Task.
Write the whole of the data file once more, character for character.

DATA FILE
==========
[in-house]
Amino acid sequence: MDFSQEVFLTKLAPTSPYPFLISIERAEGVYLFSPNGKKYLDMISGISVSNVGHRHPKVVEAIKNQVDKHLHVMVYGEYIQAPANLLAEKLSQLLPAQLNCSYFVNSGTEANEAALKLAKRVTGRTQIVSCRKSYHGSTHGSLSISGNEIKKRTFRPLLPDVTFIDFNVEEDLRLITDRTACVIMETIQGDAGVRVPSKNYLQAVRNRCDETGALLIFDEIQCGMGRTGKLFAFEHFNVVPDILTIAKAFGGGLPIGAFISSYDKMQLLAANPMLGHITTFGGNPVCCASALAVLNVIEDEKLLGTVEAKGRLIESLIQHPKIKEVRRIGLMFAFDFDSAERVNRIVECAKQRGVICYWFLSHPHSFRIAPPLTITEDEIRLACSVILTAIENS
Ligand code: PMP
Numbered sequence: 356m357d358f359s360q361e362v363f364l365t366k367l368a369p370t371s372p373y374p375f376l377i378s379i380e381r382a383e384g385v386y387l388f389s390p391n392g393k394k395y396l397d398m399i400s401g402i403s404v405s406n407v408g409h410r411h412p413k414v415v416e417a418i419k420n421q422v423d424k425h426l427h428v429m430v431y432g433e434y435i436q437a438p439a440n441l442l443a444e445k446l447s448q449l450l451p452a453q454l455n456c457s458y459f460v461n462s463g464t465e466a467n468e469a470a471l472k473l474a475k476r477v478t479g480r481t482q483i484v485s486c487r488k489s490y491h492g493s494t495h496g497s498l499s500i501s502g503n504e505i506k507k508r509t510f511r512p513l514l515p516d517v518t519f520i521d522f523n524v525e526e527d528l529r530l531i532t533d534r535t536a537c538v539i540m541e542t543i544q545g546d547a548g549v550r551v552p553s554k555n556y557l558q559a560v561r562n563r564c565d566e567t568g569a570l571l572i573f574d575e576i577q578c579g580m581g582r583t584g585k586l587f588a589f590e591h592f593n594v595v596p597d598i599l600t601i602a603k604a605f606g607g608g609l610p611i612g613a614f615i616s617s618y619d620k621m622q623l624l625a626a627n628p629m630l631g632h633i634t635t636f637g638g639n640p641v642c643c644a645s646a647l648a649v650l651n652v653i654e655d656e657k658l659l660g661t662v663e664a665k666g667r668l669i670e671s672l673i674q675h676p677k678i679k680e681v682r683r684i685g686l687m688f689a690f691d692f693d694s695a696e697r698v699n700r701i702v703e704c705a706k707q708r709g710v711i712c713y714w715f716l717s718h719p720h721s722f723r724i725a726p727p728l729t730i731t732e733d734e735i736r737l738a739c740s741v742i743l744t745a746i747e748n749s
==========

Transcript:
[in-house]
Amino acid sequence: MDFSQEVFLTKLAPTSPYPFLISIERAEGVYLFSPNGKKYLDMISGISVSNVGHRHPKVVEAIKNQVDKHLHVMVYGEYIQAPANLLAEKLSQLLPAQLNCSYFVNSGTEANEAALKLAKRVTGRTQIVSCRKSYHGSTHGSLSISGNEIKKRTFRPLLPDVTFIDFNVEEDLRLITDRTACVIMETIQGDAGVRVPSKNYLQAVRNRCDETGALLIFDEIQCGMGRTGKLFAFEHFNVVPDILTIAKAFGGGLPIGAFISSYDKMQLLAANPMLGHITTFGGNPVCCASALAVLNVIEDEKLLGTVEAKGRLIESLIQHPKIKEVRRIGLMFAFDFDSAERVNRIVECAKQRGVICYWFLSHPHSFRIAPPLTITEDEIRLACSVILTAIENS
Ligand code: PMP
Numbered sequence: 356m357d358f359s360q361e362v363f364l365t366k367l368a369p370t371s372p373y374p375f376l377i378s379i380e381r382a383e384g385v386y387l388f389s390p391n392g393k394k395y396l397d398m399i400s401g402i403s404v405s406n407v408g409h410r411h412p413k414v415v416e417a418i419k420n421q422v423d424k425h426l427h428v429m430v431y432g433e434y435i436q437a438p439a440n441l442l443a444e445k446l447s448q449l450l451p452a453q454l455n456c457s458y459f460v461n462s463g464t465e466a467n468e469a470a471l472k473l474a475k476r477v478t479g480r481t482q483i484v485s486c487r488k489s490y491h492g493s494t495h496g497s498l499s500i501s502g503n504e505i506k507k508r509t510f511r512p513l514l515p516d517v518t519f520i521d522f523n524v525e526e527d528l529r530l531i532t533d534r535t536a537c538v539i540m541e542t543i544q545g546d547a548g549v550r551v552p553s554k555n556y557l558q559a560v561r562n563r564c565d566e567t568g569a570l571l572i573f574d575e576i577q578c579g580m581g582r583t584g585k586l587f588a589f590e591h592f593n594v595v596p597d598i599l600t601i602a603k604a605f606g607g608g609l610p611i612g613a614f615i616s617s618y619d620k621m622q623l624l625a626a627n628p629m630l631g632h633i634t635t636f637g638g639n640p641v642c643c644a645s646a647l648a649v650l651n652v653i654e655d656e657k658l659l660g661t662v663e664a665k666g667r668l669i670e671s672l673i674q675h676p677k678i679k680e681v682r683r684i685g686l687m688f689a690f691d692f693d694s695a696e697r698v699n700r701i702v703e704c705a706k707q708r709g710v711i712c713y714w715f716l717s718h719p720h721s722f723r724i725a726p727p728l729t730i731t732e733d734e735i736r737l738a739c740s741v742i743l744t745a746i747e748n749s